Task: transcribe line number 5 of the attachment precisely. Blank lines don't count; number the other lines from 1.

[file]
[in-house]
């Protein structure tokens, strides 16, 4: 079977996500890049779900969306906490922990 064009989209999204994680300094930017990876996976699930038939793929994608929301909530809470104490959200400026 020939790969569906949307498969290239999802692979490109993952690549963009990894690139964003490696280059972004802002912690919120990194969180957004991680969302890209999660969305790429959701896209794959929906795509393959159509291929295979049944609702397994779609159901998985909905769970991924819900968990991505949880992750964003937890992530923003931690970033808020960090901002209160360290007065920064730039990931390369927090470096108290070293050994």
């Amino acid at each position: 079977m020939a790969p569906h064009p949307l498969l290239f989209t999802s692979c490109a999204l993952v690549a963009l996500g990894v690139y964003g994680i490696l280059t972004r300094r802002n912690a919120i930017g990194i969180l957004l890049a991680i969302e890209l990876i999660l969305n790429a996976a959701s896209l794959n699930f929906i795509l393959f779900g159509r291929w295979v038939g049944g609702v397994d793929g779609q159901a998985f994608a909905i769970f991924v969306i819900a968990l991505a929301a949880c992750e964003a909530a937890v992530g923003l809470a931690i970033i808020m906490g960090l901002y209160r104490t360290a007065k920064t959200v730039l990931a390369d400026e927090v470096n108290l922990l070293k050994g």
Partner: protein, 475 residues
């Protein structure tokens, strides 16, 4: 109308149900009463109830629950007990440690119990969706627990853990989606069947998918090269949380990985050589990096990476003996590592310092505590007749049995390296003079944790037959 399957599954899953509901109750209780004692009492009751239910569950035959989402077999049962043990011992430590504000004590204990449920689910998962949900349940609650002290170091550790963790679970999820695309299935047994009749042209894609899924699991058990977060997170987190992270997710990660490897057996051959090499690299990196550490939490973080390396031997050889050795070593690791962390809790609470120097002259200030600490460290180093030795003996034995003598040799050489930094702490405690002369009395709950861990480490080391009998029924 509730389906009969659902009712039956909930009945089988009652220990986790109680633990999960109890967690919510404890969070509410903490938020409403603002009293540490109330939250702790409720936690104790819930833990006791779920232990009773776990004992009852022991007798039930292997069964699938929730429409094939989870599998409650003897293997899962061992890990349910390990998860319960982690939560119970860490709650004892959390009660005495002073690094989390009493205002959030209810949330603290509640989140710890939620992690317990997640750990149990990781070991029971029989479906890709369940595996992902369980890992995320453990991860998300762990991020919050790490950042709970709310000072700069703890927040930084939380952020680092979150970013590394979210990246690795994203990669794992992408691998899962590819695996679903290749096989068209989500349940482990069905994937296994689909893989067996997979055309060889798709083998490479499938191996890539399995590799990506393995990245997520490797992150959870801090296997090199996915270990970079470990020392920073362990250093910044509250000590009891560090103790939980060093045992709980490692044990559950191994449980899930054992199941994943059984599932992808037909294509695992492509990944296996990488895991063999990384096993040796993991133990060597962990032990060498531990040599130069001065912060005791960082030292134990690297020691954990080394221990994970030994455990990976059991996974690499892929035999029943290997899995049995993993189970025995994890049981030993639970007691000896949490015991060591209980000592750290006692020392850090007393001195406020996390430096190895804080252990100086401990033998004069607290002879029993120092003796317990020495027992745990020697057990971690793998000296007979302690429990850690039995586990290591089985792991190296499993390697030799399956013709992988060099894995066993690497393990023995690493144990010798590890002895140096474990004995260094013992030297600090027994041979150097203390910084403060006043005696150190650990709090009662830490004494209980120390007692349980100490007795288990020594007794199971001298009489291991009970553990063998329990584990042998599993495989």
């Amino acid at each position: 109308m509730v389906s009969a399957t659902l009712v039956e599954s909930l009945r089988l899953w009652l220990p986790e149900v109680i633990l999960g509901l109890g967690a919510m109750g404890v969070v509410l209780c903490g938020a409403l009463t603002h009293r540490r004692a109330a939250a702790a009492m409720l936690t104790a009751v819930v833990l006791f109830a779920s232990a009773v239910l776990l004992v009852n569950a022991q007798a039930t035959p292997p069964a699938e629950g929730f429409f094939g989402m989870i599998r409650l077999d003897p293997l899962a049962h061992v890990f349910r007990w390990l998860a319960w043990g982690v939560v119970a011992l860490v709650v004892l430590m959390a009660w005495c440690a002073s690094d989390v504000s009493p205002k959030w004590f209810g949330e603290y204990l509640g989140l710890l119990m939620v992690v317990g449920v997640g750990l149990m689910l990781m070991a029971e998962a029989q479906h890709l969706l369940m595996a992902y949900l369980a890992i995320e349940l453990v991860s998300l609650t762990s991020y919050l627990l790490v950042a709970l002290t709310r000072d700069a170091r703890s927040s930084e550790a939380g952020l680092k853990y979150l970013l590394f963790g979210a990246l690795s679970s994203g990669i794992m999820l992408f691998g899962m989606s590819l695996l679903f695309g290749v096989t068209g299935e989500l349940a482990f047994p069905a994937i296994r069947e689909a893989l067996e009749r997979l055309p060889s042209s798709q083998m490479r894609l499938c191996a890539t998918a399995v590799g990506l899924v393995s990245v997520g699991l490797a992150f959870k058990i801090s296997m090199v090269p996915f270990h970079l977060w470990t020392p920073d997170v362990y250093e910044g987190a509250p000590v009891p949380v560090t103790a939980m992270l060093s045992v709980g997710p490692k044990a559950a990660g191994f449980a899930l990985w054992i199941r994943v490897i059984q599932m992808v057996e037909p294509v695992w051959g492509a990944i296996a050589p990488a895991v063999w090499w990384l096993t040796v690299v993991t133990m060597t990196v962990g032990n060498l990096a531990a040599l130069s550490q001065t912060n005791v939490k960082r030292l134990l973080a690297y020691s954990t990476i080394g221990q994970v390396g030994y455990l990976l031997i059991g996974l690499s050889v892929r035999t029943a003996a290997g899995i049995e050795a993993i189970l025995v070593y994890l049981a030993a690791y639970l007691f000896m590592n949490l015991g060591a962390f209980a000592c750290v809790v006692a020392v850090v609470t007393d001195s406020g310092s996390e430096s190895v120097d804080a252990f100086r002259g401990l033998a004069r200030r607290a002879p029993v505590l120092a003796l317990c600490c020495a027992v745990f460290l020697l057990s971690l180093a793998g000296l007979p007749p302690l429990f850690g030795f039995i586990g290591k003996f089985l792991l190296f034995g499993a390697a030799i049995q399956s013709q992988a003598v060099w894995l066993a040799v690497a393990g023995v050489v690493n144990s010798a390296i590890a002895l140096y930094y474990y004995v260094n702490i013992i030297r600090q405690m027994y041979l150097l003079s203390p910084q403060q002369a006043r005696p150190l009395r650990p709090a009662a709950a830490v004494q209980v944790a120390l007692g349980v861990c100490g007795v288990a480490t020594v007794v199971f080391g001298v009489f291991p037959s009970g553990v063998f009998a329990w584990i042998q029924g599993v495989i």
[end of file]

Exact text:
């Protein structure tokens, strides 16, 4: 109308149900009463109830629950007990440690119990969706627990853990989606069947998918090269949380990985050589990096990476003996590592310092505590007749049995390296003079944790037959 399957599954899953509901109750209780004692009492009751239910569950035959989402077999049962043990011992430590504000004590204990449920689910998962949900349940609650002290170091550790963790679970999820695309299935047994009749042209894609899924699991058990977060997170987190992270997710990660490897057996051959090499690299990196550490939490973080390396031997050889050795070593690791962390809790609470120097002259200030600490460290180093030795003996034995003598040799050489930094702490405690002369009395709950861990480490080391009998029924 509730389906009969659902009712039956909930009945089988009652220990986790109680633990999960109890967690919510404890969070509410903490938020409403603002009293540490109330939250702790409720936690104790819930833990006791779920232990009773776990004992009852022991007798039930292997069964699938929730429409094939989870599998409650003897293997899962061992890990349910390990998860319960982690939560119970860490709650004892959390009660005495002073690094989390009493205002959030209810949330603290509640989140710890939620992690317990997640750990149990990781070991029971029989479906890709369940595996992902369980890992995320453990991860998300762990991020919050790490950042709970709310000072700069703890927040930084939380952020680092979150970013590394979210990246690795994203990669794992992408691998899962590819695996679903290749096989068209989500349940482990069905994937296994689909893989067996997979055309060889798709083998490479499938191996890539399995590799990506393995990245997520490797992150959870801090296997090199996915270990970079470990020392920073362990250093910044509250000590009891560090103790939980060093045992709980490692044990559950191994449980899930054992199941994943059984599932992808037909294509695992492509990944296996990488895991063999990384096993040796993991133990060597962990032990060498531990040599130069001065912060005791960082030292134990690297020691954990080394221990994970030994455990990976059991996974690499892929035999029943290997899995049995993993189970025995994890049981030993639970007691000896949490015991060591209980000592750290006692020392850090007393001195406020996390430096190895804080252990100086401990033998004069607290002879029993120092003796317990020495027992745990020697057990971690793998000296007979302690429990850690039995586990290591089985792991190296499993390697030799399956013709992988060099894995066993690497393990023995690493144990010798590890002895140096474990004995260094013992030297600090027994041979150097203390910084403060006043005696150190650990709090009662830490004494209980120390007692349980100490007795288990020594007794199971001298009489291991009970553990063998329990584990042998599993495989």